During sentencing, Preble rape victim says attack left her ‘permanently injured’

Donald B. Allen, of Savannah, N.Y. (Cortland County Sheriff’s Office)

A Wayne County man was sentenced to seven years in state prison and 10 years of post-release supervision Thursday in Cortland County Court for assaulting and raping a woman last year in a remote area of Preble.

Donald Allen, 36, had pled guilty to first-degree attempted rape, a violent felony, as part of a plea bargain, said Judge Julie Campbell.

Allen drove a woman known to him to the countryside where he physically and sexually assaulted her, according to the Cortland County Sheriff’s Department. The woman convinced Allen to drive her back to her residence in Preble after the attack and he was arrested at the home without incident after a family member called police, according to Lt. Todd Caufield.

Allen was originally charged with felonies of first-degree rape, second-degree strangulation, and second-degree assault, as well as misdemeanors of second-degree unlawful imprisonment, forcible touching, and fourth-degree criminal mischief.

Campbell noted the plea agreement was desired by all parties involved in the case. “This would spare all sides the stress of going through a jury trial,” she said. She also issued a no-contact order of protection against Allen that will be valid until Dec. 15, 2032.

In a powerful, tear-filled statement addressed to the Court and Allen, the victim described her physical, emotional, mental and financial suffering since the attack.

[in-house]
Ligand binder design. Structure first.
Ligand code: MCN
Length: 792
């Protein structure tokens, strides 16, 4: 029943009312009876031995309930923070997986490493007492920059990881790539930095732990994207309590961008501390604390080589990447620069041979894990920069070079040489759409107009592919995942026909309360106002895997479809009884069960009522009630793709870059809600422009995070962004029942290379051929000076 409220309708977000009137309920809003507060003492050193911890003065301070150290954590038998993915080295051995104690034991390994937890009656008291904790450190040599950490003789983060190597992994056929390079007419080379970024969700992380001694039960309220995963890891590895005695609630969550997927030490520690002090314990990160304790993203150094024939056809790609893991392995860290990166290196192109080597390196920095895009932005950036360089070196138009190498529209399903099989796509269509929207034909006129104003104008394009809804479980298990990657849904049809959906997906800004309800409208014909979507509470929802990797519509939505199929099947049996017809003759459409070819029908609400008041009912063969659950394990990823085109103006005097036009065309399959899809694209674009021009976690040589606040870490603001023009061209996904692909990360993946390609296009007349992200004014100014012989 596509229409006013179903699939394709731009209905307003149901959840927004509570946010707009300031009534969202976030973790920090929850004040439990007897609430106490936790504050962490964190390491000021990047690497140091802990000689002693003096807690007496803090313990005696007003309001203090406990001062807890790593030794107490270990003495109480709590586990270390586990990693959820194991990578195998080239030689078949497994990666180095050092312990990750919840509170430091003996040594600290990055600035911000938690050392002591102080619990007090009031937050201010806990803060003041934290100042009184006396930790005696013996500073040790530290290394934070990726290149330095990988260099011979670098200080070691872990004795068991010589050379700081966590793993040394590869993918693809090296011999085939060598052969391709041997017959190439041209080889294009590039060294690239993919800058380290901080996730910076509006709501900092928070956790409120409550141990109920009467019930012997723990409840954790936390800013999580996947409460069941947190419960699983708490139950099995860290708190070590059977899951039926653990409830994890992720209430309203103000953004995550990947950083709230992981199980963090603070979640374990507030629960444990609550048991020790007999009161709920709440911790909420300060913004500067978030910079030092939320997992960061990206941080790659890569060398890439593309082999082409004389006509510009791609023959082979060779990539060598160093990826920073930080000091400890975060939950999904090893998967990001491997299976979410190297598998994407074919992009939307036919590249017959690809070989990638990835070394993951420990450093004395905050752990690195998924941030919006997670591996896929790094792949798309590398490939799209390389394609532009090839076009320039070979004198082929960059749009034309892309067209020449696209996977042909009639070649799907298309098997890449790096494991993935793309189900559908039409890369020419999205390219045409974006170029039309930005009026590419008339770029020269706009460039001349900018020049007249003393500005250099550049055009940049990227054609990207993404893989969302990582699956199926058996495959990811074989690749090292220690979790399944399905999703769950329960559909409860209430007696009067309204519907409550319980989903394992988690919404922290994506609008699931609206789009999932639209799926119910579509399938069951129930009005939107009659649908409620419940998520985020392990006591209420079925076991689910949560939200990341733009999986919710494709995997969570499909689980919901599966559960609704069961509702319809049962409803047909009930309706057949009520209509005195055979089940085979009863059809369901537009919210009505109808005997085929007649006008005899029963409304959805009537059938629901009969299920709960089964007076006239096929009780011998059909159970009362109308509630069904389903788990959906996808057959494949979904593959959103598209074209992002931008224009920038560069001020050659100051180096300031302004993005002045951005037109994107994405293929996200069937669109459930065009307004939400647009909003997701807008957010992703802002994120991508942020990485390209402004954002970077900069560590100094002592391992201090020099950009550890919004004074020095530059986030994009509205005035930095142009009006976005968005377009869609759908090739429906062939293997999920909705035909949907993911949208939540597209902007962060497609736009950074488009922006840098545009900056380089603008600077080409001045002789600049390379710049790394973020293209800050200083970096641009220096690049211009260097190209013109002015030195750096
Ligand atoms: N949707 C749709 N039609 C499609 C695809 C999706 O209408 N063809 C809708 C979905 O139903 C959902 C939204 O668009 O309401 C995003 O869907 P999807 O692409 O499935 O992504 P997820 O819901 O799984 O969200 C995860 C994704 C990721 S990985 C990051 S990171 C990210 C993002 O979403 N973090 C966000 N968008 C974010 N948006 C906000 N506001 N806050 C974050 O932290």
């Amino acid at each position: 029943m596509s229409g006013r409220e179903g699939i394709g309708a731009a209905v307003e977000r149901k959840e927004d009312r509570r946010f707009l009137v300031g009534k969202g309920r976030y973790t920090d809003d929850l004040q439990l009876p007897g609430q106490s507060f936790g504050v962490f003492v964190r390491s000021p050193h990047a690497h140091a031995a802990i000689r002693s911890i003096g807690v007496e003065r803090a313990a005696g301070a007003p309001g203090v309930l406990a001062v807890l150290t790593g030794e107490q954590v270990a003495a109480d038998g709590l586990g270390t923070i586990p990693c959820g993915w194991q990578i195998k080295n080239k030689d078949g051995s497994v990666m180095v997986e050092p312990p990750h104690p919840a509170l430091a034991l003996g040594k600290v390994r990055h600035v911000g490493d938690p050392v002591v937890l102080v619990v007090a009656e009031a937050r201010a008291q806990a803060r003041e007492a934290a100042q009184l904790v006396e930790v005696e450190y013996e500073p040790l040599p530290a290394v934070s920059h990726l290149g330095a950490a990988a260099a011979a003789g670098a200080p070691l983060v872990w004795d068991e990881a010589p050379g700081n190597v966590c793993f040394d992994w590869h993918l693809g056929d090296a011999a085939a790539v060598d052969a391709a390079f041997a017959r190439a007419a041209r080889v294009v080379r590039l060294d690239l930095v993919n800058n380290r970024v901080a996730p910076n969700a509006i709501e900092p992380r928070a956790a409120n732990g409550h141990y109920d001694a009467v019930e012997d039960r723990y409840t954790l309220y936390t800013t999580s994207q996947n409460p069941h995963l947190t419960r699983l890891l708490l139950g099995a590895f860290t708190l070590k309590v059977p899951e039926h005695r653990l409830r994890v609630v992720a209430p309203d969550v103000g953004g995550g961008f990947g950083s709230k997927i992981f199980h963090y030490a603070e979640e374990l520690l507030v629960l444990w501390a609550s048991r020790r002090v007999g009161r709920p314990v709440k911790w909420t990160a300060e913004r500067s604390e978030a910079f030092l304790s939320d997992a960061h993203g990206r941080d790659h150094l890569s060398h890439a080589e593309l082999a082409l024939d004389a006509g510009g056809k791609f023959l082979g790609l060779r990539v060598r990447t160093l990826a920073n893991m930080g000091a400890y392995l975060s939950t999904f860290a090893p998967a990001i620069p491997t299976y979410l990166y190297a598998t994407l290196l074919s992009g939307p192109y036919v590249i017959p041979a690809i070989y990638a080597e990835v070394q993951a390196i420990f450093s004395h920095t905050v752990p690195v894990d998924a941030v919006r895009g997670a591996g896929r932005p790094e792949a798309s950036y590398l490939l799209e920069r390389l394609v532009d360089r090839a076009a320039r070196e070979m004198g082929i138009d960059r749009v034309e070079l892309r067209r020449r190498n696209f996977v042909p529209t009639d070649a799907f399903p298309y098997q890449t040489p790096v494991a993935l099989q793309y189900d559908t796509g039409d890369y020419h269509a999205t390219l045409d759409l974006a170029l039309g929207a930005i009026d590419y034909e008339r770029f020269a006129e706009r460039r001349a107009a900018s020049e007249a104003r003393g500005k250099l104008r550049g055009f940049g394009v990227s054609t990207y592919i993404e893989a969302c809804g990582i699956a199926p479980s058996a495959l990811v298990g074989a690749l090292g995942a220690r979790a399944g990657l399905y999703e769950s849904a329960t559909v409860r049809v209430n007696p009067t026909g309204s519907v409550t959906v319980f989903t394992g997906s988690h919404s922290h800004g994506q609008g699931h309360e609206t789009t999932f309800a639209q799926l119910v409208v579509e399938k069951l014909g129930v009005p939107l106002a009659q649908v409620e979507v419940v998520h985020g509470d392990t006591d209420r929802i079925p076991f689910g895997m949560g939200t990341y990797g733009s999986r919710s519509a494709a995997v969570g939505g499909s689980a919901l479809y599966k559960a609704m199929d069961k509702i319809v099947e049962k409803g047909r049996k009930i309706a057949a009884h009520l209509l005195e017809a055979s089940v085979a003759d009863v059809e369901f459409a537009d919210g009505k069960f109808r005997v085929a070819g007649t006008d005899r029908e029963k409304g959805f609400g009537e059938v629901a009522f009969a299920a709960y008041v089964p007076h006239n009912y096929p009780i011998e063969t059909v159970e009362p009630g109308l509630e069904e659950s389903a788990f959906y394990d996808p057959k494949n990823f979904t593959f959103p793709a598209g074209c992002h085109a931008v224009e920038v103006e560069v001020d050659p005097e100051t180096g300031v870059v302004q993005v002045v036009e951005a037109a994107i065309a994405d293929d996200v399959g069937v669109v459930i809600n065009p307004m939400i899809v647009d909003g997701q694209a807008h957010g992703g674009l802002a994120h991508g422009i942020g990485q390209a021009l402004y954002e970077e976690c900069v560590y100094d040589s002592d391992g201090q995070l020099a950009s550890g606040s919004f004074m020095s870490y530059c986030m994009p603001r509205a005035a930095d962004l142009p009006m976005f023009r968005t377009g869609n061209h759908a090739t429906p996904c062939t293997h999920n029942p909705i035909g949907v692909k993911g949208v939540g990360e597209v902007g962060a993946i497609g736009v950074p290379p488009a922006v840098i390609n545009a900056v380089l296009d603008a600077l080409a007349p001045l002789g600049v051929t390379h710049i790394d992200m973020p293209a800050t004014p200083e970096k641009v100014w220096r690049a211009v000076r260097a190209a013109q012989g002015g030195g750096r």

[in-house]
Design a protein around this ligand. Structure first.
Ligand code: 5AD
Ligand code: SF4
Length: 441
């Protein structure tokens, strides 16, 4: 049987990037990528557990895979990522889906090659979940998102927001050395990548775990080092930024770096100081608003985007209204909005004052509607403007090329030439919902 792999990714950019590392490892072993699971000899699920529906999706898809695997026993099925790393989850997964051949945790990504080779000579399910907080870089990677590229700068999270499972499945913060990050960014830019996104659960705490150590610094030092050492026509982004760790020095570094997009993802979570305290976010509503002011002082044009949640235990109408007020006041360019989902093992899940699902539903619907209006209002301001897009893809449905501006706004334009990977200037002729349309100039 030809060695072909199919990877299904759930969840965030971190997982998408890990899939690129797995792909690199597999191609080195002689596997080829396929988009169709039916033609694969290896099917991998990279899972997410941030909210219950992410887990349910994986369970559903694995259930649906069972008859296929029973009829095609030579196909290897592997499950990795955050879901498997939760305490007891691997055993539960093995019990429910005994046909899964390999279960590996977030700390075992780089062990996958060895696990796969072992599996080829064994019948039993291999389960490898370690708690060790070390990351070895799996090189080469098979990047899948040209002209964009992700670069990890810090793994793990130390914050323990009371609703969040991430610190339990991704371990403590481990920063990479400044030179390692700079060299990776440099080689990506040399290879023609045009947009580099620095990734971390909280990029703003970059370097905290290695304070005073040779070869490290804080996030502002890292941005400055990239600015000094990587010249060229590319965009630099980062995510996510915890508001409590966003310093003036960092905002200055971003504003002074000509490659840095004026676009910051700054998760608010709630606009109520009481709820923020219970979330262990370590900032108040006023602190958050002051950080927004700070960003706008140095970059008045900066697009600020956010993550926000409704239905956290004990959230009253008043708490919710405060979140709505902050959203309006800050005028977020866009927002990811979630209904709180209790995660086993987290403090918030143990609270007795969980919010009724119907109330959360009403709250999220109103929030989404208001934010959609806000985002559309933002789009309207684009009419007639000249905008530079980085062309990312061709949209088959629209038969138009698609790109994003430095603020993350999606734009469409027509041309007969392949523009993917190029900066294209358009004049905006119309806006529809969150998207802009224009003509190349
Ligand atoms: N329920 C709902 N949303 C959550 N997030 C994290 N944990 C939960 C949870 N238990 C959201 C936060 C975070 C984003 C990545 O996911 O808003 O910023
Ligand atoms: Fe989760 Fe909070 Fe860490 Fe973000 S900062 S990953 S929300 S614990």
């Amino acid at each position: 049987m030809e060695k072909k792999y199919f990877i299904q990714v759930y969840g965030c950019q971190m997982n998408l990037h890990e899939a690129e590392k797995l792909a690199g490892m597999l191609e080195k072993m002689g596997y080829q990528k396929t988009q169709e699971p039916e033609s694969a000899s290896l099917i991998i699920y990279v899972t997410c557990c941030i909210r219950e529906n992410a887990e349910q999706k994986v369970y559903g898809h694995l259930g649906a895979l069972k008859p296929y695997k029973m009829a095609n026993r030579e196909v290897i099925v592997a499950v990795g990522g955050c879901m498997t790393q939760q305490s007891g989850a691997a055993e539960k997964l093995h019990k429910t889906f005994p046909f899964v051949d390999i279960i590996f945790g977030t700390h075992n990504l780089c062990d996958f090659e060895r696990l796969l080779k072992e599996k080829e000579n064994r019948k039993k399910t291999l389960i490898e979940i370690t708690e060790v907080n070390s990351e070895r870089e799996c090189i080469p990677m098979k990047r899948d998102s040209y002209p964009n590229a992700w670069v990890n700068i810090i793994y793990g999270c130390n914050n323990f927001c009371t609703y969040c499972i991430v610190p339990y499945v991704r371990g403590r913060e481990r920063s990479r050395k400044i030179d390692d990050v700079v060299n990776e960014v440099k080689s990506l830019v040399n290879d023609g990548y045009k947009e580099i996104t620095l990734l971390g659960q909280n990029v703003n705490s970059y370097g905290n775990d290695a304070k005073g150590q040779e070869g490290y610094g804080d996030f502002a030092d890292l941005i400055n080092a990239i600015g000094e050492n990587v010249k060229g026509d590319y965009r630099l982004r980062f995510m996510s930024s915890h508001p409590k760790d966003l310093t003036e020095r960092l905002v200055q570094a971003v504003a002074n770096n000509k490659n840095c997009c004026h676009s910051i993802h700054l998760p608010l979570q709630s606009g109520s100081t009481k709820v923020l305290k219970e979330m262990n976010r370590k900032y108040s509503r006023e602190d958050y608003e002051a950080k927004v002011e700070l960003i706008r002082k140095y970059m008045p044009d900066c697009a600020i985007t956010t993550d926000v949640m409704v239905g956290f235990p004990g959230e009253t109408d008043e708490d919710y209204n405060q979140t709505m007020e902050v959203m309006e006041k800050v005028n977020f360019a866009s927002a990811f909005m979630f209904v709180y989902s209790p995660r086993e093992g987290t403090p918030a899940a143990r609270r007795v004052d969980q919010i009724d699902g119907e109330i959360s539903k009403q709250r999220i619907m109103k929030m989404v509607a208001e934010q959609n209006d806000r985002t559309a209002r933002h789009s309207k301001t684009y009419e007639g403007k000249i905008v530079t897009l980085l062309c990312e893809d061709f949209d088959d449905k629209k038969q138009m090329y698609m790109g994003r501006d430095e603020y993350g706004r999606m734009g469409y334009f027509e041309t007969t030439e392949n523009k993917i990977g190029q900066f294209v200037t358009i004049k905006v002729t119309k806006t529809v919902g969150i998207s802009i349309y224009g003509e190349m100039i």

The woman said her right arm is permanently damaged from the attack. When Allen choked her, she suffered damage to her throat that causes her to choke on food to this day, and she also has permanent bruising under her eyes, she said.

“If I go without makeup anywhere, I’m asked what happened,” she said.

The stress she experienced from the assault has caused her to develop a heart murmur, she said. She suffers from memory issues now, and must write notes to herself and draw pictures of where she is going so she does not get lost, she added. The woman stated she has visited 10 different doctors and started on nine medications to treat her injuries.

Doctors have diagnosed her with post-traumatic stress disorder and massive depression, she said, and she also suffers from panic attacks and night terrors.

Since the attack, she has suffered from suicidal thoughts and attempted to kill herself in August, she said. The woman was admitted to a hospital psychiatric ward and lost custody of her 13- and 14-year-old daughters, she said. Her daughters were present in the courtroom and held hands as they listened to their mother address the court. Another woman in her thirties or forties held the woman’s hand as she talked.

The woman said that before the assault she was an outgoing, single mother who worked up to 50 hours a week. Now, she cannot work due to her injuries. “I lost my home because I couldn’t pay my rent,” she said.

“My children and I are all very fearful,” she said, adding her daughters are scarred by the experience of seeing their mother’s injuries from the brutal attack and witnessing Allen’s arrest in their living room. “I thought I was going to die.”

While she lived, her life has changed irrevocably.